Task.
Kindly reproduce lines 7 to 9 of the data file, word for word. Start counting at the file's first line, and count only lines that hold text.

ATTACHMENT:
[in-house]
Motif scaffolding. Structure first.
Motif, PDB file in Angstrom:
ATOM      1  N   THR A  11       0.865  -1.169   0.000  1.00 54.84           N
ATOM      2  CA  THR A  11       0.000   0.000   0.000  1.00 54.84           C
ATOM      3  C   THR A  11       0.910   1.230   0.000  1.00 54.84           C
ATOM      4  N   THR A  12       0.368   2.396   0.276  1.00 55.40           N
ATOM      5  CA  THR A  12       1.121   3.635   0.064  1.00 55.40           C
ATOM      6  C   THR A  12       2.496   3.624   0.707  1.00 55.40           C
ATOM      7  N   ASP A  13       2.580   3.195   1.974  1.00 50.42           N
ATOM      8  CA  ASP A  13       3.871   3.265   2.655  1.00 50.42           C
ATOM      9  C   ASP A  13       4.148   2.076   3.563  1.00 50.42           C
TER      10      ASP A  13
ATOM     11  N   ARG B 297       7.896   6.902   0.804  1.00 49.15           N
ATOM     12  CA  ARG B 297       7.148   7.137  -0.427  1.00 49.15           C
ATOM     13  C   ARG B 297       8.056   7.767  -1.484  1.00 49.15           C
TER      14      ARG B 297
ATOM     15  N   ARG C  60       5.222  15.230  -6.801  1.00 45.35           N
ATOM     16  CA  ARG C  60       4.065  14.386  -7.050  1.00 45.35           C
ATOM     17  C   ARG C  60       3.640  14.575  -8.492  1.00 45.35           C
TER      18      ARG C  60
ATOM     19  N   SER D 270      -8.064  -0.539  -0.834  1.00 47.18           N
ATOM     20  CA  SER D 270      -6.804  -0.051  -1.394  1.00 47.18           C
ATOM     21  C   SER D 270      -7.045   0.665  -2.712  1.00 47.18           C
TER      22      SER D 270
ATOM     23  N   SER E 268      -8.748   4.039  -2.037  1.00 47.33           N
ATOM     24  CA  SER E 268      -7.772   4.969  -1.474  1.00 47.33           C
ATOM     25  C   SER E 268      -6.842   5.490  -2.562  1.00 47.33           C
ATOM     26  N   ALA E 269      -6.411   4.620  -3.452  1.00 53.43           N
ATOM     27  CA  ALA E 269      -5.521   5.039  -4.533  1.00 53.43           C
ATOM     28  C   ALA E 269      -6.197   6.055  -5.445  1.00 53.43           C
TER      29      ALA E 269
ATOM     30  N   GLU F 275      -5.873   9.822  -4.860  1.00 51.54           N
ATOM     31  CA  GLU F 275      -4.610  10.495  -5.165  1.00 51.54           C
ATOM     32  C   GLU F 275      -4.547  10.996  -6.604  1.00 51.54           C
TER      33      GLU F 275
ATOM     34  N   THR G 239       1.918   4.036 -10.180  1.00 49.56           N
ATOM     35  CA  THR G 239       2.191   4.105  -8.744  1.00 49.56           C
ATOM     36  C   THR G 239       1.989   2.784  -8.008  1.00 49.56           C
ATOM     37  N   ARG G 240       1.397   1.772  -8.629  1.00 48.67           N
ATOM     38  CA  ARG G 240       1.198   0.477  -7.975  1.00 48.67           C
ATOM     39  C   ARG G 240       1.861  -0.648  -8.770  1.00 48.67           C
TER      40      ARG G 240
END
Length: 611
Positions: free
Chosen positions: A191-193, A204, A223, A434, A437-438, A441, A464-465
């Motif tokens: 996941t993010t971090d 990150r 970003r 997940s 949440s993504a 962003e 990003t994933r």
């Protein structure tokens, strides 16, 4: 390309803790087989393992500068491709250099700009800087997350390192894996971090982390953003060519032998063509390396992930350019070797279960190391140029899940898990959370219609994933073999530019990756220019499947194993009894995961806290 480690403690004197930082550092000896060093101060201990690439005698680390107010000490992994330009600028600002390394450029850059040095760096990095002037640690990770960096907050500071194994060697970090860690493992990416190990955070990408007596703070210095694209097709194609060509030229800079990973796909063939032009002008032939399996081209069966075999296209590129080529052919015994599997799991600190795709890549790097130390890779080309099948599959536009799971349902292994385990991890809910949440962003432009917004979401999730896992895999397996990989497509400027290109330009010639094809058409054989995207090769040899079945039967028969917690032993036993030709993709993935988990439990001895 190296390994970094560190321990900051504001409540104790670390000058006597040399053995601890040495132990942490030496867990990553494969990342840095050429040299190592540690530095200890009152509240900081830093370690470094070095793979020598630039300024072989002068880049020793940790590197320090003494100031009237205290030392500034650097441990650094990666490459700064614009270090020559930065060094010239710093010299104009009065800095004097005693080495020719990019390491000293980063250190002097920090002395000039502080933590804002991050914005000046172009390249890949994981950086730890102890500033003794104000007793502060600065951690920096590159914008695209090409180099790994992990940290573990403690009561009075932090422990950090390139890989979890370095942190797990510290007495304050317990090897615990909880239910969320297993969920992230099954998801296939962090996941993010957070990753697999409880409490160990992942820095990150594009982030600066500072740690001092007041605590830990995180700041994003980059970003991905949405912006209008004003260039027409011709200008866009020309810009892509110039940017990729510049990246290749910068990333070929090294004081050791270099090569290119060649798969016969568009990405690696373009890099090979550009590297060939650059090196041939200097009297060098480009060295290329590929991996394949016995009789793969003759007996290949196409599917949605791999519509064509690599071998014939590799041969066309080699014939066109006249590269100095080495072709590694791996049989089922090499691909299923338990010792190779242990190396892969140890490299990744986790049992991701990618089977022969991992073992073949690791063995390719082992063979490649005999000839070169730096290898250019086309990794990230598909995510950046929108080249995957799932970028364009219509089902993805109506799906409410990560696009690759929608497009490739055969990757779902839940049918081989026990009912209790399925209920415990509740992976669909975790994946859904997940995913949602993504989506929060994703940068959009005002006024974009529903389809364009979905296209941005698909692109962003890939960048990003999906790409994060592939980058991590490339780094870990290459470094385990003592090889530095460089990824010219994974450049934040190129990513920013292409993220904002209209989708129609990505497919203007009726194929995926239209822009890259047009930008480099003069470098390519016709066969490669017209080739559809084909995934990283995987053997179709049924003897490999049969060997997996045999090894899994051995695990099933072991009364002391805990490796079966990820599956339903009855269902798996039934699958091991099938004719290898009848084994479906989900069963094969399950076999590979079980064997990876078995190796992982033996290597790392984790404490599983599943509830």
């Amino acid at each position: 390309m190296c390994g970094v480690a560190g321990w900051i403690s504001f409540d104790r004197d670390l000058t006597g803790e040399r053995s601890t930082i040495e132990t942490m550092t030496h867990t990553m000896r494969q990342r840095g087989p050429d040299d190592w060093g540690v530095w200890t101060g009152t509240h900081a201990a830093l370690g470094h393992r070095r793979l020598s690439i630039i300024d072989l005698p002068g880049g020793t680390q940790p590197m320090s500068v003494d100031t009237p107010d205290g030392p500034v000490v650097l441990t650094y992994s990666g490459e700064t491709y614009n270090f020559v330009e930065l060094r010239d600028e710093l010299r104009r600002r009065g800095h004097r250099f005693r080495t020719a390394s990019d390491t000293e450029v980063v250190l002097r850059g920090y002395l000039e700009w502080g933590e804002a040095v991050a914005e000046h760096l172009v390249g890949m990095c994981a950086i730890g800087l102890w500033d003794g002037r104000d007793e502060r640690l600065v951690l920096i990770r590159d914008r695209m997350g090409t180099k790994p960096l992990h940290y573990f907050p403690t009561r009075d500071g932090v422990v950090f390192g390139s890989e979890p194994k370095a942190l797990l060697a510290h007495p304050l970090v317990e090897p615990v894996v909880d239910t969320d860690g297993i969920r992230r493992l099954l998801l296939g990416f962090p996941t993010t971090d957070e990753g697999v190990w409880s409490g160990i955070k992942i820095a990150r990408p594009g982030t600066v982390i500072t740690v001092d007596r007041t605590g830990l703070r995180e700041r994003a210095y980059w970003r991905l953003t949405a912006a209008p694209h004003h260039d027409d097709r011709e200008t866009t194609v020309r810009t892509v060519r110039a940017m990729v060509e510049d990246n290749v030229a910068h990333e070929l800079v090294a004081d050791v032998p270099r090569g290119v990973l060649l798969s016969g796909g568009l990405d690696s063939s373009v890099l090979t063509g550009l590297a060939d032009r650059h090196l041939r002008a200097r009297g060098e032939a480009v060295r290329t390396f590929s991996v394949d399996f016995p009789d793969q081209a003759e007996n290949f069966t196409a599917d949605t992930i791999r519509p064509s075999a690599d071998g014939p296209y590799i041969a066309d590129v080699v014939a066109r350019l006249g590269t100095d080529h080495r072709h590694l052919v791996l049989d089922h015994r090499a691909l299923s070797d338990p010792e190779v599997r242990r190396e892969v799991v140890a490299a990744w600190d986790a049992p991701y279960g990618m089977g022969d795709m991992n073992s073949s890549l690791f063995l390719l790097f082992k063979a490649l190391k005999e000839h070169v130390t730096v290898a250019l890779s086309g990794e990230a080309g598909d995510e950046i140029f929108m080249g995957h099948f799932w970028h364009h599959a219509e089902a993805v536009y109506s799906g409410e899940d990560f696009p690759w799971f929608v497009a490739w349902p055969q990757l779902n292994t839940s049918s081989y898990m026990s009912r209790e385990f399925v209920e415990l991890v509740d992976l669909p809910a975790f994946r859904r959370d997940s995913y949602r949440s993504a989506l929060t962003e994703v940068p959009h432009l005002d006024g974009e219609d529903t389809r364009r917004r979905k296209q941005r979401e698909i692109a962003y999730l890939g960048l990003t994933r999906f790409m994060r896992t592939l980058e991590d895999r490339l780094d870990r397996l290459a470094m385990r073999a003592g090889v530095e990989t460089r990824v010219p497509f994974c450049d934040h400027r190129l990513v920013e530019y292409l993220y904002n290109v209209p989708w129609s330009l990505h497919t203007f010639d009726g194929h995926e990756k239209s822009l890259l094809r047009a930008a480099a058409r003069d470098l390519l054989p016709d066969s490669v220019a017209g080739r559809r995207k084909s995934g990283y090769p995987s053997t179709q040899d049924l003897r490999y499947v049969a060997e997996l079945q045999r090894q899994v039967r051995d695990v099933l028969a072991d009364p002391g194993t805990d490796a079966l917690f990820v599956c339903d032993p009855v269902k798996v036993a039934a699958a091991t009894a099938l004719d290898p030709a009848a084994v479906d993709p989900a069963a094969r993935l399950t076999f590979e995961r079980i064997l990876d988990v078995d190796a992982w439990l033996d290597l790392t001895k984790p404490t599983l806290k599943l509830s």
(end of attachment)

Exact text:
ATOM      4  N   THR A  12       0.368   2.396   0.276  1.00 55.40           N
ATOM      5  CA  THR A  12       1.121   3.635   0.064  1.00 55.40           C
ATOM      6  C   THR A  12       2.496   3.624   0.707  1.00 55.40           C